Munroe's report is titled A Review of Concerts Held on the North Common January 2006 – March 2011, which means that he looked back to the very beginning of the Common concert series, the September 23, 2006 Rolling Stones show. This is good, for several reasons.
First, and most simply, we've never been told the truth about the Rolling Stones show. To this day, we don't know how many people bought tickets for the concert, and if the city provided secret loans to the promoter, Montreal's Donald K. Donald. There's always been something odd about the Stones' show, in that DKD gave up on producing Common concerts after that single show: if The Stones show was really the success we were told it was, why didn't he return for more? DKD's exit made possible Harold MacKay's entrance. In any event, we know that officials straight up lied about the attendance at subsequent Common concerts---essentially allowing the public to believe that ticket sales were twice the real number---so why should we believe the published 50,000 figure for the Stones' attendance?
Second, it means that the report is exhaustive, with regards to the Common concerts. I know that Munroe interviewed dozens of people, including former CAO Dan English, former Trade Centre Limited president Fred MacGillivray, mayor Peter Kelly, promoter Harold MacKay and an assortment of staffers both at the city and at TCL, and that Munroe has obtained every document related to the loans, including the ones I've tried to get without success. I'm assuming that Munroe will tell us why officials thought the concerts were a good idea in the first place, and how the original funding formulas were arrived at. Then, he will tell us how they evolved, and how we got to the absurd point of the city floating the upfront money for a private developer, rather than simply cutting out the cashless middleman and putting on the shows itself.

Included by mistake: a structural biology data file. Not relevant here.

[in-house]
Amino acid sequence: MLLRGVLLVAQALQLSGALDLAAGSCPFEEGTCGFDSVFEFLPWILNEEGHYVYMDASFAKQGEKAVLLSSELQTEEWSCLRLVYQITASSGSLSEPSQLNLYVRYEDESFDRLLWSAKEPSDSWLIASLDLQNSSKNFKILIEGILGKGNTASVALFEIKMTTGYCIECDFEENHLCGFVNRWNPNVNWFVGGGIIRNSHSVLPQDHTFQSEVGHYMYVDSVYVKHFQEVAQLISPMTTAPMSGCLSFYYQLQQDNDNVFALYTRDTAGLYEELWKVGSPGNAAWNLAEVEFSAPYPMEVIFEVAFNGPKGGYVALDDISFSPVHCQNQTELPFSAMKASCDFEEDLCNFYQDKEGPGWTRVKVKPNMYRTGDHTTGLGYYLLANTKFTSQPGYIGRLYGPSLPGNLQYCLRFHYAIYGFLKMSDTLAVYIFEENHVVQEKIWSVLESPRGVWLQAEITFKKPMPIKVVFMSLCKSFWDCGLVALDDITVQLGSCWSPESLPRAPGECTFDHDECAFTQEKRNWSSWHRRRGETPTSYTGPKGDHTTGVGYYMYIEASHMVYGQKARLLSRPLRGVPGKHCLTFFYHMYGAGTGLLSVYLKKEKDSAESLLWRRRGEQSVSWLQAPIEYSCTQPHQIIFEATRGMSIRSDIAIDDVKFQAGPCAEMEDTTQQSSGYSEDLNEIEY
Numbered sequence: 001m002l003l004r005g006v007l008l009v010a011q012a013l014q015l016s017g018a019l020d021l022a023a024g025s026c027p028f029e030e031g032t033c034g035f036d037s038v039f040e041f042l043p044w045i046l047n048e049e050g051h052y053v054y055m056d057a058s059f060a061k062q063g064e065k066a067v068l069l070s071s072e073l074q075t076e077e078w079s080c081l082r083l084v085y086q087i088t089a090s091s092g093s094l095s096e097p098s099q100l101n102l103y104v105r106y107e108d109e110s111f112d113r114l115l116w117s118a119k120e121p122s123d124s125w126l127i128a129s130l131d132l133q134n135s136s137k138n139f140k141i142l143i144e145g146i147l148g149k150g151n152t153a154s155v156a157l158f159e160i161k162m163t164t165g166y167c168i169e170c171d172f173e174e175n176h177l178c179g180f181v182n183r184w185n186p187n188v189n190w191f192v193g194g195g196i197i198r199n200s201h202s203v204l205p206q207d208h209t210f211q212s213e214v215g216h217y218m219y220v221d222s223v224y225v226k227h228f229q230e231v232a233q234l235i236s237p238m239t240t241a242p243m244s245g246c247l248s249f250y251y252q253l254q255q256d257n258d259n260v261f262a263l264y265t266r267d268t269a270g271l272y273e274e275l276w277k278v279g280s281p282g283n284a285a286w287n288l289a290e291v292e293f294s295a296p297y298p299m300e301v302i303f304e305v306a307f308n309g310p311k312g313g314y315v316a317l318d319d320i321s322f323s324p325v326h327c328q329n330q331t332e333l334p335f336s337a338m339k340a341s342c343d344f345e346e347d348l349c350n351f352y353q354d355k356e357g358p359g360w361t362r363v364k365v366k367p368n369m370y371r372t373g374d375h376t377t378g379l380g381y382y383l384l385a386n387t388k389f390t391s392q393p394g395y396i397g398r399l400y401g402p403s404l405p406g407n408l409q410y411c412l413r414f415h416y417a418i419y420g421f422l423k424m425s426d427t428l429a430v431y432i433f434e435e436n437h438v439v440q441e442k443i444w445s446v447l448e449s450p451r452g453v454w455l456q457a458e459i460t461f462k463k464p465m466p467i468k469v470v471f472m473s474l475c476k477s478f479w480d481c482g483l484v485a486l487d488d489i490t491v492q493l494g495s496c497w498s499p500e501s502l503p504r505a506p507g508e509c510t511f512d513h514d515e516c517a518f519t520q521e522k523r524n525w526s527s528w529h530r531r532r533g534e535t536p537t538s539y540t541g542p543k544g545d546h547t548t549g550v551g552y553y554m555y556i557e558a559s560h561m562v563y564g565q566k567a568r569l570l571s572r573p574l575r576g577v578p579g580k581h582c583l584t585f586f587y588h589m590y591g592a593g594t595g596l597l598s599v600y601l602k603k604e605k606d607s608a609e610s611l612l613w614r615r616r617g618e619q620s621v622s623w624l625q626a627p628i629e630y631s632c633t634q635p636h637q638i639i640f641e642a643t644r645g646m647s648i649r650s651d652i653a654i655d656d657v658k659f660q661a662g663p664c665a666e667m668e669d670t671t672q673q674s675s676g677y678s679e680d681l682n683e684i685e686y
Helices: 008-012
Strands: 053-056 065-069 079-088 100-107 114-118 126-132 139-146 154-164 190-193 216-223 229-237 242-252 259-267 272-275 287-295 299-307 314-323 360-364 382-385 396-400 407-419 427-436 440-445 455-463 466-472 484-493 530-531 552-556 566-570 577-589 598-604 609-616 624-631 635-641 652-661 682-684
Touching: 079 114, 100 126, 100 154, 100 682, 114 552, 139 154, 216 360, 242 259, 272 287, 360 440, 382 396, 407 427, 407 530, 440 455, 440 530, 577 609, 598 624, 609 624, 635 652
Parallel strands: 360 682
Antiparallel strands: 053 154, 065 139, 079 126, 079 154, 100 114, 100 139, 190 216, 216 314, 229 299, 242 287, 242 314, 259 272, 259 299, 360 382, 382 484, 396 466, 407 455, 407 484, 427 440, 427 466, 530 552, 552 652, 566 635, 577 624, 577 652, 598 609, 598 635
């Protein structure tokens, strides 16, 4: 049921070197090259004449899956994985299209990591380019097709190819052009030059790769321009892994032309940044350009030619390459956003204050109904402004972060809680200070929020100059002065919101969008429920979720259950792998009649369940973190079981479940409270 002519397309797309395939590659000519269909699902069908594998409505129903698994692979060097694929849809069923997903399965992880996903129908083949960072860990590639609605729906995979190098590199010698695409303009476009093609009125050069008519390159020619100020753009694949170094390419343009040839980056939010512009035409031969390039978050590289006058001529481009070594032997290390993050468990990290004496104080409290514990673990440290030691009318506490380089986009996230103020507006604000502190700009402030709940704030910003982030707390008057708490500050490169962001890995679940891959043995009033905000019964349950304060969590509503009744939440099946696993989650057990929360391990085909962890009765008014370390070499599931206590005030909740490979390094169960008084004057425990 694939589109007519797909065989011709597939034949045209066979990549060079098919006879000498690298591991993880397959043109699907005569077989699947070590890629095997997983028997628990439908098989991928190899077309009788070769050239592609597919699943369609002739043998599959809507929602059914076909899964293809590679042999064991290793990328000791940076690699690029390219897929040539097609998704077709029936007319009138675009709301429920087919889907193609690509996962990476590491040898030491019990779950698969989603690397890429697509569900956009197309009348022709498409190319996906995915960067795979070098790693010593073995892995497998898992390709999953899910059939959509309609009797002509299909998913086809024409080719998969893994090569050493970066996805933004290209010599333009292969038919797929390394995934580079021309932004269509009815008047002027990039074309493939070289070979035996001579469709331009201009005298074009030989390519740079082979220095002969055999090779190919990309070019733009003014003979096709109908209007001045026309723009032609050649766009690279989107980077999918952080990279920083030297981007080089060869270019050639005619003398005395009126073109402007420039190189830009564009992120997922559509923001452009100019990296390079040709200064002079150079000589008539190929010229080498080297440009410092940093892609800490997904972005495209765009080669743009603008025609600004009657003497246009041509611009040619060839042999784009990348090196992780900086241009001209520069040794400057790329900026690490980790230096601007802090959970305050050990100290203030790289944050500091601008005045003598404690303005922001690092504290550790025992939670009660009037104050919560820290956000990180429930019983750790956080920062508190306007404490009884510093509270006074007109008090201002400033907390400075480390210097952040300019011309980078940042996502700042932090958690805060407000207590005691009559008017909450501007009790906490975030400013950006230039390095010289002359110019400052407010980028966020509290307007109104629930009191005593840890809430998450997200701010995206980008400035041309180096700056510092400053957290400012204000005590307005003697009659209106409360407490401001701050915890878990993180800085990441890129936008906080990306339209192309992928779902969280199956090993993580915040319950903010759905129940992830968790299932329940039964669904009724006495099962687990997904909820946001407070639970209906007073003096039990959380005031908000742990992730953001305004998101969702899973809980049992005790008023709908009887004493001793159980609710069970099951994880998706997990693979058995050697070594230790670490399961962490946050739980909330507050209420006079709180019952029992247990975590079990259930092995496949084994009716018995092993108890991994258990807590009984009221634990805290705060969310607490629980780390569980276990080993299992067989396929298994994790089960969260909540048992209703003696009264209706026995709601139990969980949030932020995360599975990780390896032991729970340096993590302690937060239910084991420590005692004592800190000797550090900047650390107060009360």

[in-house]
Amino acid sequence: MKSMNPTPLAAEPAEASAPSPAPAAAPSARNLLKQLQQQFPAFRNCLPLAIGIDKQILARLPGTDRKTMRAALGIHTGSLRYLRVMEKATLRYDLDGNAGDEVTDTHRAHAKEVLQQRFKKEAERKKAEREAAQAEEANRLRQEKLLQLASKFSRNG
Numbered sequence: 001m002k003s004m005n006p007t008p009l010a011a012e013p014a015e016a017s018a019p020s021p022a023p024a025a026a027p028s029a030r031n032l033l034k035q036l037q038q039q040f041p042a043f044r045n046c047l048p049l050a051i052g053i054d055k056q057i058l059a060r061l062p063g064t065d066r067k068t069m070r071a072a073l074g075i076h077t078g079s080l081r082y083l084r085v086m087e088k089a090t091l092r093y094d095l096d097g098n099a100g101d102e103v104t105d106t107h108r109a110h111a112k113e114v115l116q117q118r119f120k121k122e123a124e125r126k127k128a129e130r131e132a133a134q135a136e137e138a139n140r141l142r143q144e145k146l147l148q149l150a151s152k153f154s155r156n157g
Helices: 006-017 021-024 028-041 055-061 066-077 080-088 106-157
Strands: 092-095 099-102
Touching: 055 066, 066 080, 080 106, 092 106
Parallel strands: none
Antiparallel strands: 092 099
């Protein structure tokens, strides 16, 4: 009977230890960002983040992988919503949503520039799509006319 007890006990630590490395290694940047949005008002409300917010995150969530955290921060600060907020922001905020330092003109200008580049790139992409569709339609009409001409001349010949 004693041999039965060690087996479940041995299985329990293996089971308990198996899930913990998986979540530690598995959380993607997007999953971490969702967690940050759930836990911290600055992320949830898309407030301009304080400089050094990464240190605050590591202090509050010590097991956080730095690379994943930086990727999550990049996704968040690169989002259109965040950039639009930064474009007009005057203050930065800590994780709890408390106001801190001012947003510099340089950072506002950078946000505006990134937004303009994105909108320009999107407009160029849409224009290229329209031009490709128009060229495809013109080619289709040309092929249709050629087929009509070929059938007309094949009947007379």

Third, I don't see how such an exhaustive analysis can be made without examining the role of Trade Centre Limited, both in the formative stage and as manager of the city bank account through which the improper loans to MacKay were made. Munroe might be overly cautious here, but I'm hoping that his report gives details of the tangled TCL-HRM relationship. So far, TCL has managed to insulate itself from the worst of the scandal fallout by putting forward the rather remarkable claim that as manager of the city's money it had no responsibility to vet the appropriateness of any use made of that money. I think we'll see a couple of things in Munroe's report---he'll likely call bullshit on TCL's "We're not responsible" claim, and more important, he'll show that TCL was much, much more involved in the concert business than has been let on, right from the start. It's possible that Munroe will ask provincial auditor general Jacques Lapointe to specifically examine TCL's role in the concerts.
Still and all, Munroe's report is necessarily limited---"I needed a specific starting point," he told me a few weeks ago, explaining that he couldn't examine the entire history of TCL-HRM dealings, which date back to the old city of Halifax and the building of the Metro Centre in the 1980s [correction, 7 June: the Metro Centre was built in 1978; the operating agreement between the city and TCL was signed in 1982.]. I don't fault him here; he's an accountant, not a historian, political scientist or journalist, and he has a specific mandate to look at the concert loans.
But the concert loans should be understood in context of a much broader story about how Nova Scotia decided to become a tourism mecca. There's an elephant in the room that no one wants to talk about, but there's a direct line from the Commonwealth Games fiasco to the Common concerts fiasco to the proposed convention centre.